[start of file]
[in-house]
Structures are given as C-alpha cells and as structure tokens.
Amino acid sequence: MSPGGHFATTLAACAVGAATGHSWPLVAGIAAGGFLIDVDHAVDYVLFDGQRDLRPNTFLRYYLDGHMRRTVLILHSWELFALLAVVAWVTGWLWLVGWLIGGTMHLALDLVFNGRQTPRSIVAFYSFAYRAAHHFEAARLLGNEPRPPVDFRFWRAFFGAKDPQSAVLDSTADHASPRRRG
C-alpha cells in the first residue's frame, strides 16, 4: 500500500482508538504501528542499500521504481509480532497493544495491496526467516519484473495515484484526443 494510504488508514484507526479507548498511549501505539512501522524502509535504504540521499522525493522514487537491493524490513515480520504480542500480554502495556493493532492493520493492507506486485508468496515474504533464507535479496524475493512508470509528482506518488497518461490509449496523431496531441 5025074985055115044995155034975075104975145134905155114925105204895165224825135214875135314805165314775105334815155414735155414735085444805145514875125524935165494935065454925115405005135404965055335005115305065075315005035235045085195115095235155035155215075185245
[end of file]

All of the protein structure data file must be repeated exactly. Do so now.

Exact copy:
[in-house]
Structures are given as C-alpha cells and as structure tokens.
Amino acid sequence: MSPGGHFATTLAACAVGAATGHSWPLVAGIAAGGFLIDVDHAVDYVLFDGQRDLRPNTFLRYYLDGHMRRTVLILHSWELFALLAVVAWVTGWLWLVGWLIGGTMHLALDLVFNGRQTPRSIVAFYSFAYRAAHHFEAARLLGNEPRPPVDFRFWRAFFGAKDPQSAVLDSTADHASPRRRG
C-alpha cells in the first residue's frame, strides 16, 4: 500500500482508538504501528542499500521504481509480532497493544495491496526467516519484473495515484484526443 494510504488508514484507526479507548498511549501505539512501522524502509535504504540521499522525493522514487537491493524490513515480520504480542500480554502495556493493532492493520493492507506486485508468496515474504533464507535479496524475493512508470509528482506518488497518461490509449496523431496531441 5025074985055115044995155034975075104975145134905155114925105204895165224825135214875135314805165314775105334815155414735155414735085444805145514875125524935165494935065454925115405005135404965055335005115305065075315005035235045085195115095235155035155215075185245